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Japanese 3DS Gamers To Receive Retail-To-eShop Savegame Transfers In March

Games being bought via retail are to have their saved data be made available to their eShop counterparts.

The polygonal disembodied floating head of Satoru Iwata is back! We wouldn’t blame you for being nervous, what with a proven history within Nintendo for giant floating heads to have a bad habit of attempting to conquer star systems inhabited by anthropomorphic spacefaring animals.

But be at ease! This isn’t Andross. It’s the plucky President of Nintendo himself, Satoru Iwata, who has recently made available a compact Nintendo Direct broadcast exclusively in Japan.

The NintenDaan Youtube channel helpfully has translated the above Nintendo Direct mini-broadcast, which you might have noticed is entirely in Japanese. Because it’s for the Japanese. But you know what it’s like, being a Nintendo fan; you constantly want to peer over in Japan’s general direction when they do stuff and be like, “Whatcha doing…?”

All mischief aside, the broadcast talks in brief about upcoming eShop releases of mainstream 3DS retail titles. For example, though Fire Emblem: Awakening will hit the eShop and retail at the same time in the West, in Japan the game came out at retail before Nintendo were fully on the digital distribution bandwagon. As such, the eShop version of that game is only now getting a release next week.

The biggest news, however, is Nintendo’s plan to release a 3DS update in March allowing gamers to transfer saved data from their retail 3DS gamecards to their SD cards. In effect, this means that deciding to later buy an eShop version of a game already owned in retail gamecard format won’t mean players need to start over.

It’s a handy little thing and it’s nice to see Nintendo covering all the bases. Will it come our way too? We hope so, though at the same time, the West is a touch more up to date with eShop and retail simultaneous releases than Japan.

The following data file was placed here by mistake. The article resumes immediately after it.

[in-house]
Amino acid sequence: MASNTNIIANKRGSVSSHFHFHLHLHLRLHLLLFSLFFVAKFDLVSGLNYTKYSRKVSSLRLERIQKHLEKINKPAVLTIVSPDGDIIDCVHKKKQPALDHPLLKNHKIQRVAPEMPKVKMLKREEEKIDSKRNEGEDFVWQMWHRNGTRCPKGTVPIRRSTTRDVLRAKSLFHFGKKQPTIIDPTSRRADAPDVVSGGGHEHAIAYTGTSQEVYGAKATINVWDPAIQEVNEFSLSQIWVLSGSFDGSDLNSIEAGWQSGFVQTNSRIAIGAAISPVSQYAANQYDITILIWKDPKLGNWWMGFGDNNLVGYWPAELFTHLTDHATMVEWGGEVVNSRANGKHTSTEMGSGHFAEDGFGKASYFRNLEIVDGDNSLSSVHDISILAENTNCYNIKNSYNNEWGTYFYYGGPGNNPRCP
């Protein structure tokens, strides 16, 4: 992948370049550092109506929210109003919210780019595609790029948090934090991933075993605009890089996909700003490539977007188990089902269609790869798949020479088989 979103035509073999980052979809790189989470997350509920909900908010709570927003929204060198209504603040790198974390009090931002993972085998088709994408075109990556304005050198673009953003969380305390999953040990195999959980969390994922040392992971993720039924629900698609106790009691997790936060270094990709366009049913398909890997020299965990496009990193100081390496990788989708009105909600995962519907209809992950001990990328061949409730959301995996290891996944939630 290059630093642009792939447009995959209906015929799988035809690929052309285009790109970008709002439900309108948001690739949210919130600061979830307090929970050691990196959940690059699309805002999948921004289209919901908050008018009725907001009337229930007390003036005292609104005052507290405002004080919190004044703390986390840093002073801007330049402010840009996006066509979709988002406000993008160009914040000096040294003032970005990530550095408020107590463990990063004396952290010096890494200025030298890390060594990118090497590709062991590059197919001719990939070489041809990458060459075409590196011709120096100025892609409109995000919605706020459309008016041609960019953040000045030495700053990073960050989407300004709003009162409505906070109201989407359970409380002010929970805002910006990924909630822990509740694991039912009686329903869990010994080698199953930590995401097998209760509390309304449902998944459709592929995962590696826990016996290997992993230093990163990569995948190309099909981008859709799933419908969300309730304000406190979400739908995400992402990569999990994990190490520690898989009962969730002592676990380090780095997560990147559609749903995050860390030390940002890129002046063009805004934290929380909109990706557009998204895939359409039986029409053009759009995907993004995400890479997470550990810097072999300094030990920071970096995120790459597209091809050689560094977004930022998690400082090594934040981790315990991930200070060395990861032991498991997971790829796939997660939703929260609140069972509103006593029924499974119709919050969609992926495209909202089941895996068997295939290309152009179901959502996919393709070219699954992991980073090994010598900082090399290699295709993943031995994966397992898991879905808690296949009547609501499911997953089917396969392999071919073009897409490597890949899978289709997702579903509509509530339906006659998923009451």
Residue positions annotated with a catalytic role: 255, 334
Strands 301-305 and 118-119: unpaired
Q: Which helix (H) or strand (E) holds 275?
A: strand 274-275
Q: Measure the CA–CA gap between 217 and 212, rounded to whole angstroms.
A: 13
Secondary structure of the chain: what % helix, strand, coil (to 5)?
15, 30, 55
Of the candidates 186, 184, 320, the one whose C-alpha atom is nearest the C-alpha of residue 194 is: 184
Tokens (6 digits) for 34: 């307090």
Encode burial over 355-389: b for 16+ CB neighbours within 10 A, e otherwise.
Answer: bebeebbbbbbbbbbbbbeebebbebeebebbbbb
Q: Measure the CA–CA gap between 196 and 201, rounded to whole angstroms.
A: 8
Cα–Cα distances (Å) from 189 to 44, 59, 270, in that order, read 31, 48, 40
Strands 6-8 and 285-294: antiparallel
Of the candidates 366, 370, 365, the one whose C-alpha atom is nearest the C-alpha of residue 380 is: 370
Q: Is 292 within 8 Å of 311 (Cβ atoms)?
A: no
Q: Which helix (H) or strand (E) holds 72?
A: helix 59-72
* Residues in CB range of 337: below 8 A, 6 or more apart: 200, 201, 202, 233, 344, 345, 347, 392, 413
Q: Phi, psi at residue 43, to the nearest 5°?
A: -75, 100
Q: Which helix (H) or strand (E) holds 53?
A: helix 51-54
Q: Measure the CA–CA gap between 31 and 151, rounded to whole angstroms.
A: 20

Time will tell!

By on 25 January 2013
Salubriously silly indie-novelist Tony likes Nintendo, doodling cartoons and various rambunctious shenanigans. His handheld of choice is the Cosmo Black 3DS, he tweets nonsense over on @HeyTonyOfficial, and a Norwich coffee shop has named a sandwich after him.

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  1. ledreppe says:

    And the point of this is? Why would someone want to buy the download after they’ve got the retail version, you end up with 2 copies. Even if you sell the cartridge your not going to get all your money back, so why buy both formats?

    • Myself says:

      Well, You could of used someone else’s Gamecard and decide you bought one.. So you got one that was digital and transferred your save data from your friend’s game card to your 3ds.

  2. Jess says:

    To people like ledreppe wondering what the use of this is,

    What if you wanted to buy a version of a 3DS that already has a game with it? Like the white 3DS XL which in some places will only come with a preinstalled game. If you already have that game, you won’t need to worry, just somehow get rid of your cartridge after transferring your data and keep playing with the version that’s on the SD card. This was one of the things I was worried about since I wanted to buy a white XL but had both games it came with.

    Plus, if you want to borrow someone else’s game and want to create your own file without erasing that person’s, you can. This happened to me too… I played on my friend’s borrowed Mario Kart a lot offline and online while waiting for mine to arrive, then had to start over completely when playing my own.

    Though I was sort of hoping Iwata was going to say that you can transfer your retail copy somehow into your SD card completely and play it without using a cartridge… unrealistic, but cool.

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